At Merriweather Post performance, Jack White adds a little Nashville twang to his garage rock

"OK-do-you-feel-good-OK-now!" Jack White said as he walked on stage, addressing the Merriweather Post Pavilion crowd on Sunday. Everybody freaked out. While almost half of the setlist consisted of White Stripes jams, as well as a few Raconteurs and Dead Weather songs, White and his five-piece band delivered something that popped and even twang-a-langed. Maybe White was vibing off his new, de-mopped hairdo, but the energy between musicians was intense and dynamic. Consisting of guitar, mandolin, drum kit, keys, bass, steel guitar, theremin (!), and fiddles, the band wove a blanket of sound from the expected bluesy garage rock and more than a sprinkling of Nashville honky-tonk.

Nashville's hand upon White's signature sound would have been unexpected 10 years ago, but the five-time Grammy winner is boldly coalescing a traditional Nashville sensibility. If the presence of a steel guitar and two fiddles isn't convincing enough, the zeal of White's backup vocalist/fiddle/mandolin player may do the trick.

"Lillie Mae from God knows where!" as White introduced her, is Lillie Mae Rische, whose voice accompanies White’s on most tracks on new album "Lazaretto" including 'Alone in My Home,' with its June-and-Johnny harmonies and clatter of high-pitched keys. Rische grew up touring in a family band, moving from Illinois to Nashville with her two sisters and brother to perform as country act Jypsi in 2007. Rische hones a Celtic Women-esque trait: fiddling while step-dancing/hopping lightheartedly around the stage in a pair of cowboy boots, and piercing through the LED monitors with a colossal pair of brown eyes. She looked scared shitless when the curtains opened, but entered a state of complete musical hypnosis by the finale. Her voice is another matter altogether. Rische's soulful alto has often been compared to Emmylou Harris and other iconic country voices.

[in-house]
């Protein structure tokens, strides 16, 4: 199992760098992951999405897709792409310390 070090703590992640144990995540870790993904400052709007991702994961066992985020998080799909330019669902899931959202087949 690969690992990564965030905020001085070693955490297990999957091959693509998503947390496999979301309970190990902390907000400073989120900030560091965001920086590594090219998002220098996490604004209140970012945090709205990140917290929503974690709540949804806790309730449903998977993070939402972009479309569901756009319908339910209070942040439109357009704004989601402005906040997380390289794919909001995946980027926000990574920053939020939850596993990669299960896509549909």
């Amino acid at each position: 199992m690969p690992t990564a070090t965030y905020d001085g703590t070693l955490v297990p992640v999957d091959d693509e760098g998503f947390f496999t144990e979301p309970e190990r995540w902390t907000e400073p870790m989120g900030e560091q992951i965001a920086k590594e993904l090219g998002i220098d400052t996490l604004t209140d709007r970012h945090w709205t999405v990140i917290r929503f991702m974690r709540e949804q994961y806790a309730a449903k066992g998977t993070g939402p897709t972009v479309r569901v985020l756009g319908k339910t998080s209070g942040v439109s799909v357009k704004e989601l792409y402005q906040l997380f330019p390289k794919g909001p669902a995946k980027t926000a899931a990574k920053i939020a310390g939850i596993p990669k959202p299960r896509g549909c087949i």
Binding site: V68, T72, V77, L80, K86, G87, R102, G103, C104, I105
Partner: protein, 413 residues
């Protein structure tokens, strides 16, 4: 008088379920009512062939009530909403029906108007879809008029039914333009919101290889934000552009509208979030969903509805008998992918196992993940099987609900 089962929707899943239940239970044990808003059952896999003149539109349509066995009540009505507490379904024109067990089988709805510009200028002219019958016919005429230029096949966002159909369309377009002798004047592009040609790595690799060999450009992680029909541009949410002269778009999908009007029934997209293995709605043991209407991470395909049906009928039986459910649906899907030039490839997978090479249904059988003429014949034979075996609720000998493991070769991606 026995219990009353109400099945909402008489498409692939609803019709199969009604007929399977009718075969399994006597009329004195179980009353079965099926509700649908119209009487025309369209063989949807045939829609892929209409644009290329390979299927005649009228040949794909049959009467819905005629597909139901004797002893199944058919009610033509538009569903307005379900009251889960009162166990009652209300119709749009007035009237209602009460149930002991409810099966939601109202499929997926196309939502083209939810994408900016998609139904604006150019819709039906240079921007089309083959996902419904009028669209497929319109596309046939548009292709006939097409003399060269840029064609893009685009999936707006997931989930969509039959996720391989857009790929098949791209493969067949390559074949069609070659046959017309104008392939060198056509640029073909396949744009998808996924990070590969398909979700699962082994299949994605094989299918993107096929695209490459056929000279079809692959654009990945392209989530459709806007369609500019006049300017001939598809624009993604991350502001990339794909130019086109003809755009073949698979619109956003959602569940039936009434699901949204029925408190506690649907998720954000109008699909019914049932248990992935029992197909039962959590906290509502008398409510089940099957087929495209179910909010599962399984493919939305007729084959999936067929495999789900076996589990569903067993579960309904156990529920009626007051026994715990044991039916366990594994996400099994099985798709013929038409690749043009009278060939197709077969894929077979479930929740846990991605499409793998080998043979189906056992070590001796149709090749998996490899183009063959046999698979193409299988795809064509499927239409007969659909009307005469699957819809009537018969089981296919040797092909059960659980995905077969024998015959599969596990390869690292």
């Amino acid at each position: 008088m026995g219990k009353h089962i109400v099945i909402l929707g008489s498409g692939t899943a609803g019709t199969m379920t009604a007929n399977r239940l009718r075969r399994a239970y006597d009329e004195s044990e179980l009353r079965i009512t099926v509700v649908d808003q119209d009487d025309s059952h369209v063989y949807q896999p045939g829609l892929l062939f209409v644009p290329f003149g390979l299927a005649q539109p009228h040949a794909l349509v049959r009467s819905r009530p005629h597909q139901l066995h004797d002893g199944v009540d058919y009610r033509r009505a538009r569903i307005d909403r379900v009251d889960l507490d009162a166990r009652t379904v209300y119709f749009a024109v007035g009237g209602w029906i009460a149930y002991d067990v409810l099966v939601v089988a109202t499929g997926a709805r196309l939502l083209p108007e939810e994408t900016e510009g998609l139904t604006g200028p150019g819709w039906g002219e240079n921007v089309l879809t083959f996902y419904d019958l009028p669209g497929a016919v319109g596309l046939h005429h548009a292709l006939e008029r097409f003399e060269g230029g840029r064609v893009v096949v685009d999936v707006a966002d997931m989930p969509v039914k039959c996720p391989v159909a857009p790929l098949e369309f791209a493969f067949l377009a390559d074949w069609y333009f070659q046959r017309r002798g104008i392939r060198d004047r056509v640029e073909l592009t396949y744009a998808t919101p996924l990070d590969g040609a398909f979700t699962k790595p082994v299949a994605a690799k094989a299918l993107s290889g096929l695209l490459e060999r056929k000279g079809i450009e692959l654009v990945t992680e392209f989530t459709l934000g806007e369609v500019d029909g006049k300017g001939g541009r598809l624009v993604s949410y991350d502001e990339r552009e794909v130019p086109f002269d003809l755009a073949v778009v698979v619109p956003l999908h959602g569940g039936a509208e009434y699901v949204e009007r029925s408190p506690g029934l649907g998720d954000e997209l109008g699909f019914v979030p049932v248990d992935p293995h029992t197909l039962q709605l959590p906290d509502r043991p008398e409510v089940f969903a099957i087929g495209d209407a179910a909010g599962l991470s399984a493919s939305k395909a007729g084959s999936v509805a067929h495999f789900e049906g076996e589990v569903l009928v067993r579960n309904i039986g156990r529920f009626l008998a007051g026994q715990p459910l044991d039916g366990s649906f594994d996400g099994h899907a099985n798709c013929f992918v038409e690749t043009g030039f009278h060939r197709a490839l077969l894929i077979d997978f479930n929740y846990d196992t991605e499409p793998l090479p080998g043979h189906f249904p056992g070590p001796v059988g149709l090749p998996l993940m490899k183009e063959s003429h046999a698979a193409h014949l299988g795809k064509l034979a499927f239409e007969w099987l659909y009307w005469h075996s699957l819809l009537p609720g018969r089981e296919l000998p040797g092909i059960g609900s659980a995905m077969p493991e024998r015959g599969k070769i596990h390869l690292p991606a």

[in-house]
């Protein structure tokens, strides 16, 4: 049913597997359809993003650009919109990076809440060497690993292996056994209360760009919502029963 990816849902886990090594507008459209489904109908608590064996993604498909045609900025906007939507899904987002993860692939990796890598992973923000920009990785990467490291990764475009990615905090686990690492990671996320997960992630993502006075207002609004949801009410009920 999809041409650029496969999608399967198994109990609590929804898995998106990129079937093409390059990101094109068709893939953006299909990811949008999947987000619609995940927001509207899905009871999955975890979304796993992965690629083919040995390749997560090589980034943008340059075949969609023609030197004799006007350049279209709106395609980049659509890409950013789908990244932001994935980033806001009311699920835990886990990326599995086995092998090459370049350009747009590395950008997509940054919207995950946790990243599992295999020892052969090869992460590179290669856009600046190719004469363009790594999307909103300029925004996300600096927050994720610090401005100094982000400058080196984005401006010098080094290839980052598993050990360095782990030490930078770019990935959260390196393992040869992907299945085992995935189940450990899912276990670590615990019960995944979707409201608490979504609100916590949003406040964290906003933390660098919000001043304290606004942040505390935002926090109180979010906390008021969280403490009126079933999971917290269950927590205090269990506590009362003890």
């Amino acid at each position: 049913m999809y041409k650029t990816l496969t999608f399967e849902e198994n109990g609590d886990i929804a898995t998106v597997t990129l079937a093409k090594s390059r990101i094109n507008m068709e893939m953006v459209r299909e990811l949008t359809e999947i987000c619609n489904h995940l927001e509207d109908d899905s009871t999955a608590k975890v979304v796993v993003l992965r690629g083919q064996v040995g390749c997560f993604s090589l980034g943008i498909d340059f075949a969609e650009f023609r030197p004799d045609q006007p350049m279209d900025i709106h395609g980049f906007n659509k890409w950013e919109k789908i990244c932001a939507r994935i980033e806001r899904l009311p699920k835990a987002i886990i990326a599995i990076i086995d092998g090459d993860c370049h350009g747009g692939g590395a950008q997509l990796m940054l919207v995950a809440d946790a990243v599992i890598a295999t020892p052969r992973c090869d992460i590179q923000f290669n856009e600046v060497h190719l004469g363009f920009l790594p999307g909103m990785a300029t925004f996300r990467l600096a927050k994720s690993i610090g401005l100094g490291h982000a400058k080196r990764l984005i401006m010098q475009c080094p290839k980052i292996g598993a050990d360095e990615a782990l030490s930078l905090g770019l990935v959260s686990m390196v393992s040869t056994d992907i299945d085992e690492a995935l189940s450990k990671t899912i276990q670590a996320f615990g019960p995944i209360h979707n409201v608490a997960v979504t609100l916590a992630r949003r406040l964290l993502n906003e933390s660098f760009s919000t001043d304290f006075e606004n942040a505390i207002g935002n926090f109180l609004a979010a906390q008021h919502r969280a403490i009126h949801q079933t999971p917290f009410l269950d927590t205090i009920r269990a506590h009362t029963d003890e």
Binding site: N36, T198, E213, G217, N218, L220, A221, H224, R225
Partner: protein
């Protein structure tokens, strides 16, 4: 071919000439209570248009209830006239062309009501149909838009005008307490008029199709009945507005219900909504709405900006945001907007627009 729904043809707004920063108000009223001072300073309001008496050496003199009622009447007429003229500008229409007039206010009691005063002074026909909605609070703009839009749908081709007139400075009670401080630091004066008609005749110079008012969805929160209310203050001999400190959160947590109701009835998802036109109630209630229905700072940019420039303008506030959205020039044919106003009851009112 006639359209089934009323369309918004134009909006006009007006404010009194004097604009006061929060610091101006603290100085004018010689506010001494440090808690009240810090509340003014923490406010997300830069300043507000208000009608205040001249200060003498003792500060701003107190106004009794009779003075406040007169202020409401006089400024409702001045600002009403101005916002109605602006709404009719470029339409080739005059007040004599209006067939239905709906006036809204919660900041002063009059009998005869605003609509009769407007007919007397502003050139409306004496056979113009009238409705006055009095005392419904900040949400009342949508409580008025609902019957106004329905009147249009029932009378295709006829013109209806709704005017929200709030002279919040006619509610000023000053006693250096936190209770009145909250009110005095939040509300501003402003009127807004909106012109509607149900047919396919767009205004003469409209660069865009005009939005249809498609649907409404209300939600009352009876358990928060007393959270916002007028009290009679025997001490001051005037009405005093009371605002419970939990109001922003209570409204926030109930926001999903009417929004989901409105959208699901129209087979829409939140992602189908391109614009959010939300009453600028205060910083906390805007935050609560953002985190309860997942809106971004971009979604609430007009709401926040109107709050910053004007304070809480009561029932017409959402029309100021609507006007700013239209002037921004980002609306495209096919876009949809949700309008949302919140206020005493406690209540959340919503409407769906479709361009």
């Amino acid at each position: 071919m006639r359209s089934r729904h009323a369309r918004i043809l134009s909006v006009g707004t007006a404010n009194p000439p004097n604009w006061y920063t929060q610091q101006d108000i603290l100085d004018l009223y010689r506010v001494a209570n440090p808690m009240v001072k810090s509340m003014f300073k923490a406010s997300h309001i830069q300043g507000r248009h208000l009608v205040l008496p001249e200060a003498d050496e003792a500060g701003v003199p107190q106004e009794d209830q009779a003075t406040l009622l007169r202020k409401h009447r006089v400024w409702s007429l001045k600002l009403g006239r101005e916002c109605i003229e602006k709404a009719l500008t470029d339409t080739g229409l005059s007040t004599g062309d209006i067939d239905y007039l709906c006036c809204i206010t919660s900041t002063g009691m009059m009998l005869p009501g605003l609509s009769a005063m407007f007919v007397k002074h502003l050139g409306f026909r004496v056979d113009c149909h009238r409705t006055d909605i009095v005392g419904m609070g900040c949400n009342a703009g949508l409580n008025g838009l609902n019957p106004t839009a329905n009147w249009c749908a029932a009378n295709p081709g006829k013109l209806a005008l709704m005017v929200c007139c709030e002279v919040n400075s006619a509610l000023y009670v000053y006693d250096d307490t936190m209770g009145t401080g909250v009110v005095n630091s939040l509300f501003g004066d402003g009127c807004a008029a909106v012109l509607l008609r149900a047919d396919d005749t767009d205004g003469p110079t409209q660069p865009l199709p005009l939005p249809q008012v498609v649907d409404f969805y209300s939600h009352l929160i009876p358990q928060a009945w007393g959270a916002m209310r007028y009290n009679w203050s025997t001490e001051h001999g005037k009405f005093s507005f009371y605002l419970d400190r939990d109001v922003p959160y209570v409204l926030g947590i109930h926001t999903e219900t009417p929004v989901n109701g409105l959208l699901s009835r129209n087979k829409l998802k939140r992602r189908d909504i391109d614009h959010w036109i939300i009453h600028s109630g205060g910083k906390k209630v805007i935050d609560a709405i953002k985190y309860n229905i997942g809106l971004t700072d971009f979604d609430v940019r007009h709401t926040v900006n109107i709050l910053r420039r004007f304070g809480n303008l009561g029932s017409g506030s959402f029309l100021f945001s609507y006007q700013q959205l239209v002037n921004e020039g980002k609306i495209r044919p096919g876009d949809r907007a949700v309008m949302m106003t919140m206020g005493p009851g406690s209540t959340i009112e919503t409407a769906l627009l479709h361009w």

Rische remained stage right of White throughout the show. They balanced each other, White's trademark screech above Rische's beautiful, low moan. When White was pouting, Rische was grinning. She bounced in a lacey white dress; he strutted in a black suit. He leaned into her mike, and together they sang, "I love you/ Honey, why don't you love me?"

White has the presence of a man who's been bucked into a straight jacket and suddenly released. As "Blunderbuss" melted into "Three Women," White stumbled across the stage in his signature style, as if he couldn't control his body or his feet. Of course, this itself was completely controlled. His white leather shoes shuffled back and forth as he sang, "I got three women/ Red, blond, and brunette."

After a few White Stripes songs, the curtains closed what seemed far too early. In no time, the crowd was violently humming 'Seven Nation Army.' Having shed his black suit coat and sweat-stained blue oxford in favor of a black tee, White resurfaced for a six-song encore, including 'Seven Nation Army' and the crowd-pleasing sing-along 'We Are Going to be Friends,' which, accompanied by Rische's voice, sounded a little more country than rock 'n' roll.

Nashville welcomed White in 2009 and he has undeniably built a place for himself. He's signed a great deal of young Nashville rockers to his label Third Man Records and worked with Nashville legends such as Loretta Lynn and Wanda Jackson—one could argue that White has made himself indispensable. Sunday's spectacle exhibited a sincere attempt on White's part to do something that isn't The White Stripes, or Dead Weather, or even "Blunderbuss." This may be the ultimate sign to White's fans that Music City has infiltrated, but not quite stolen, his heart and soul. I hear Nashville tends to do that.

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